Once an initial determination finding probable cause is issued, the Department can take various steps.  It can attempt to remedy the unlawful practice through conference, conciliation, or persuasion. (Sec. 101.22 (4)(d).)   It can issue and serve a notice of hearing requiring Respondent to answer the complaint at a hearing. (Sec. 101.22 (4)(d).)

The Department adjudicates complaints by holding hearings.   Department hearings are full evidentiary proceedings conducted in accordance with the Wisconsin Administrative Procedure Act (Sec. Ind 89.12, Wis. Adm. Code, Ch. 227, Wis. Stats.)    The hearings are presided over by an administrative law judge.   If a remedy is appropriate, the administrative law judge may "order such action by the respondent as will effectuate the purpose of this section." (Sec. 101.22 (4)(d).)    Either party may then file a petition for review by the Commission (Sec. 101.22 (4p).   The Commission may modify, set aside or affirm the findings and order of the administrative law judge, or direct the taking of additional evidence.    Subsequently a petition for review may be filed in circuit court where a trial de novo on all issues relating to any alleged discrimination is held.    The parties have a right to jury trial.   Maximum costs of $100 plus witness fees may be taxed to the prevailing party (Sec. 101.22 (5)).

A victim following the dual route of a private civil action under sec. 101.22 (7) may seek injunctive relief, damages (including punitive damages), court costs and reasonable attorney fees.

In this case the administrative law judge held a hearing and issued a decision, amended and affirmed by this Commission, holding that Piechowski discriminated against Davis by refusing to discuss the terms of rental of her property with Davis. Piechowski has been ordered to cease and desist from refusing to rent to Davis on the basis of race, and to pay Davis' out-of-pocket expenses, prejudgment interest, attorney's fees and costs. A $1,000 forfeiture was imposed against Piechowski.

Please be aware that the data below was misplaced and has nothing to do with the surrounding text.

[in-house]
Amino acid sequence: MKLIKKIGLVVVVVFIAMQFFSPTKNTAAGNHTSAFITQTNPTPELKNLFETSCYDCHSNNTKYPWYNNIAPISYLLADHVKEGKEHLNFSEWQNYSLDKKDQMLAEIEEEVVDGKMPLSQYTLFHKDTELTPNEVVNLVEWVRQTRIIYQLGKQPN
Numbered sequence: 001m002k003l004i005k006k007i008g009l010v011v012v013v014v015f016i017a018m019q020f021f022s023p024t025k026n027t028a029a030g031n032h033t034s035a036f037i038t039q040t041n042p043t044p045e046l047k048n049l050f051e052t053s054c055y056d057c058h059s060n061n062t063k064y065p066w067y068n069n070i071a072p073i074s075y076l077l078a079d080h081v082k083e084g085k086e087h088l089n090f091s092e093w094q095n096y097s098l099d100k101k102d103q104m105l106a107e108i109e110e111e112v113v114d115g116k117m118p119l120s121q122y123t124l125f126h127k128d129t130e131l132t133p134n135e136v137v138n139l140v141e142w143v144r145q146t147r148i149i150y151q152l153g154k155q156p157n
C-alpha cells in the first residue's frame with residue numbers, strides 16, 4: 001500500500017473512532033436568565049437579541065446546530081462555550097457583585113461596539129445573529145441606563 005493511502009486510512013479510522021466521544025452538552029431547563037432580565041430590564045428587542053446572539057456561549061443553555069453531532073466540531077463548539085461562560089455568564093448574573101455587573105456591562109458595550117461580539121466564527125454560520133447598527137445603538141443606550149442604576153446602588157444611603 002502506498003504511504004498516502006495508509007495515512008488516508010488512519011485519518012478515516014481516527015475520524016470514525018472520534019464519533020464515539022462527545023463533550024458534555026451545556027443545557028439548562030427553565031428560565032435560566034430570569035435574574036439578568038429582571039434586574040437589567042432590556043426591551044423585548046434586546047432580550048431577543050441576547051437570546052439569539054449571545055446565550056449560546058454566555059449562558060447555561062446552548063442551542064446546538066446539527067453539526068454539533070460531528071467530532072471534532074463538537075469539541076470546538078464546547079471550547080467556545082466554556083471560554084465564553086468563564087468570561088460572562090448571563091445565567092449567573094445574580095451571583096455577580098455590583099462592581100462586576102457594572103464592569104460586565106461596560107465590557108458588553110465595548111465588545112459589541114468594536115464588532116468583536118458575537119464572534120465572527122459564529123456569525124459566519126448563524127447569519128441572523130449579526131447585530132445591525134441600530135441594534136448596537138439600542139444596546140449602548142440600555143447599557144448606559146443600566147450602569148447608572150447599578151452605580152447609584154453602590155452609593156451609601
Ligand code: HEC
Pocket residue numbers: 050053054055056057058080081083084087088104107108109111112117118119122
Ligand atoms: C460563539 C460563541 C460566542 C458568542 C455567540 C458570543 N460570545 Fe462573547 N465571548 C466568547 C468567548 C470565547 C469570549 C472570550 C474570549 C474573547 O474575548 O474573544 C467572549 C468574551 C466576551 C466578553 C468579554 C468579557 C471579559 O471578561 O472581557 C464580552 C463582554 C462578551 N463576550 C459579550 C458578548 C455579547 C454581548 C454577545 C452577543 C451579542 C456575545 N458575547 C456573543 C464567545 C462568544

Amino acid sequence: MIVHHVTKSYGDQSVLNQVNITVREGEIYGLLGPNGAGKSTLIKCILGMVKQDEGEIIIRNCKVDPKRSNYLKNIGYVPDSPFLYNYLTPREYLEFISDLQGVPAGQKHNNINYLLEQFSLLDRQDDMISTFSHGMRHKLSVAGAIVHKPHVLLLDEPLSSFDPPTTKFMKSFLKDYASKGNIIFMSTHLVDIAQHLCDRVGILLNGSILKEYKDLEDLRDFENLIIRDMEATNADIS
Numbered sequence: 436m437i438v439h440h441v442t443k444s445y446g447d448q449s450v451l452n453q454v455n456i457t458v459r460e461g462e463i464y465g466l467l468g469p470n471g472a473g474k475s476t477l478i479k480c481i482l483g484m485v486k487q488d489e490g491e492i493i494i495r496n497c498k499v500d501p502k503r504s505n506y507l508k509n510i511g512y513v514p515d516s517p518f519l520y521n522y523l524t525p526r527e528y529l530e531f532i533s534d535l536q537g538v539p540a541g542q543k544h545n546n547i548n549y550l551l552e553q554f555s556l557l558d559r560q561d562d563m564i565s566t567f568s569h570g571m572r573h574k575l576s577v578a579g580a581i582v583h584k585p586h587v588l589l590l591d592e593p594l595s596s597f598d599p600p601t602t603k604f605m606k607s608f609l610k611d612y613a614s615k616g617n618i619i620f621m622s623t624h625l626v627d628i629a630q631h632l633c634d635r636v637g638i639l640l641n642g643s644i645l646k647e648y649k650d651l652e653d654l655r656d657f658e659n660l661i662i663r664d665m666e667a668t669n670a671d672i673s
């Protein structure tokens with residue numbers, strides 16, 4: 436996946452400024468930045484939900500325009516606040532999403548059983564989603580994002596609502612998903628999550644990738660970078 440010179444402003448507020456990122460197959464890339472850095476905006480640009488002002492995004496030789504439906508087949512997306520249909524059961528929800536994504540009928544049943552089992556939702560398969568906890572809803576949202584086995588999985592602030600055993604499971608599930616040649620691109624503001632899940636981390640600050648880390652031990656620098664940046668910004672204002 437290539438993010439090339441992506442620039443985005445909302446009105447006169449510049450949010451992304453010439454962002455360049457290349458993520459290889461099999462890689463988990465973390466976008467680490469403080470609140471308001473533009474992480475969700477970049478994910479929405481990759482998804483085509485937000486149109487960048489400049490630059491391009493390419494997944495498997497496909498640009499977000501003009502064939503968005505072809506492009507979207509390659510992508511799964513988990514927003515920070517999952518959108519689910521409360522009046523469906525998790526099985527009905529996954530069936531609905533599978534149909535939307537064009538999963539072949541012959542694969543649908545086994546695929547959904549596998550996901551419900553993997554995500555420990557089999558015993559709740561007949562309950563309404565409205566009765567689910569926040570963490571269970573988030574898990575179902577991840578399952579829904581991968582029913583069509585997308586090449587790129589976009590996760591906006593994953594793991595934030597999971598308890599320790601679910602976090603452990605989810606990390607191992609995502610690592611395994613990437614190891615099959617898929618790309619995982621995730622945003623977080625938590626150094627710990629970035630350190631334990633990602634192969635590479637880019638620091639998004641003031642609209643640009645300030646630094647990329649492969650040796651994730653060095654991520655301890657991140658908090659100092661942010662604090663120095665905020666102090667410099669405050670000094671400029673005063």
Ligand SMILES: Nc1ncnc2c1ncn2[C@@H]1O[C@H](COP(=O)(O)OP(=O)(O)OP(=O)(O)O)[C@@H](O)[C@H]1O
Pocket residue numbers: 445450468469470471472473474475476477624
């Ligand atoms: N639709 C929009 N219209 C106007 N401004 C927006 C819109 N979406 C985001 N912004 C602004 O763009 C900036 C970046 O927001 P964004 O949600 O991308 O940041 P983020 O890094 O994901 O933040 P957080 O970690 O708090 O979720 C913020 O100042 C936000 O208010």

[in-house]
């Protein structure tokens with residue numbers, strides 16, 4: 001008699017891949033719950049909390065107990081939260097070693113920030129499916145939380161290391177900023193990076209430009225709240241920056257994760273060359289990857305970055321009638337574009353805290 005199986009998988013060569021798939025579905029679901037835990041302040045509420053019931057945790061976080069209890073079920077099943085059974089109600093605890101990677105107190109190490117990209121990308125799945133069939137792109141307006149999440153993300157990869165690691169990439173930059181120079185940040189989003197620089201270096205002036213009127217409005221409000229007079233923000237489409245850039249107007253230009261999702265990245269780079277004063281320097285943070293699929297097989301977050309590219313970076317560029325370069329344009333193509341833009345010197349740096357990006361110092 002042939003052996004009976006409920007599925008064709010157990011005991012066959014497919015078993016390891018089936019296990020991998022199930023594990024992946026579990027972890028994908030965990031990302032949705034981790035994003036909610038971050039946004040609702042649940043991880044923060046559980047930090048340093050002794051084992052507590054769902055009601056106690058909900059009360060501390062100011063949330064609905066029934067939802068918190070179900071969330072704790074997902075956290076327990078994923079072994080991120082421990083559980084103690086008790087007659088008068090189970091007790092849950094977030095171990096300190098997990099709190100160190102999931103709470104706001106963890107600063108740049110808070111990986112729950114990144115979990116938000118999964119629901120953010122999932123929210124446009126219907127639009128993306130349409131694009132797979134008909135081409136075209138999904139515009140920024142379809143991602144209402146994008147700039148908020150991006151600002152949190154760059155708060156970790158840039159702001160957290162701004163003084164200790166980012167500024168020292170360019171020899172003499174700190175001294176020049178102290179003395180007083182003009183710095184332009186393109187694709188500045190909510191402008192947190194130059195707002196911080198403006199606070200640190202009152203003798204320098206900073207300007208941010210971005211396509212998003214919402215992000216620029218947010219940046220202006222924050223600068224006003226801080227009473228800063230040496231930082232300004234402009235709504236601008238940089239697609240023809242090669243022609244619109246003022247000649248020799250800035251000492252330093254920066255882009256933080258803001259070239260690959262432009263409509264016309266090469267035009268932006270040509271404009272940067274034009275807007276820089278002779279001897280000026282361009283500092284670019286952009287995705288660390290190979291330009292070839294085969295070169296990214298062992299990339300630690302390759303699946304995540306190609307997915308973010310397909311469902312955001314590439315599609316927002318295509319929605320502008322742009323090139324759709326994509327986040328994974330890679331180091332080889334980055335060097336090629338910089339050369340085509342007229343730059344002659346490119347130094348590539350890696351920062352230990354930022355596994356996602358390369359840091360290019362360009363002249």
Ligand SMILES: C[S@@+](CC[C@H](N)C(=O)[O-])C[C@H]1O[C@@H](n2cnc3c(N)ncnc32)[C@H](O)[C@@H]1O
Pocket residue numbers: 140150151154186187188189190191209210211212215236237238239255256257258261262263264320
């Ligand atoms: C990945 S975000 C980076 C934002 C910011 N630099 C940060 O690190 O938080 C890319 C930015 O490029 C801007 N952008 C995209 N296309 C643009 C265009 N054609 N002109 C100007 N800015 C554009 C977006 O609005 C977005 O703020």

The Commission has determined that the Department has authority to award out-of-pocket expenses, prejudgment interest, attorney's fees and costs to a prevailing complainant.

Since the Department's authority must come from the Law, the issue is, does the Law give the Department the power to award damages, interest, attorney's fees and costs?

The basic administrative remedy section of the Law, sec. 101.22 (4)(d), states:

". . . If, after the hearing, the examiner finds by a fair preponderance of the evidence that the respondent has engaged in discrimination in violation of this section, the examiner shall make written findings and order such action by the respondent as will effectuate the purpose of this section..." "...If the complaint is dismissed, costs in an amount not to exceed $100 plus actual disbursements for the attendance of witnesses may be assessed against the department in the discretion of the department ."

The statute does not mention damages, interest, costs , or attorney's fees. In fact, the statute mentions no specific remedy to be awarded a prevailing complainant. However, the statute's language is expansive.  No explicit limitation is placed on the type of remedies allowed. Thus, the plain language of the statute seems to allow the type of remedies at issue, if in the judgment of the Department such remedies are necessary.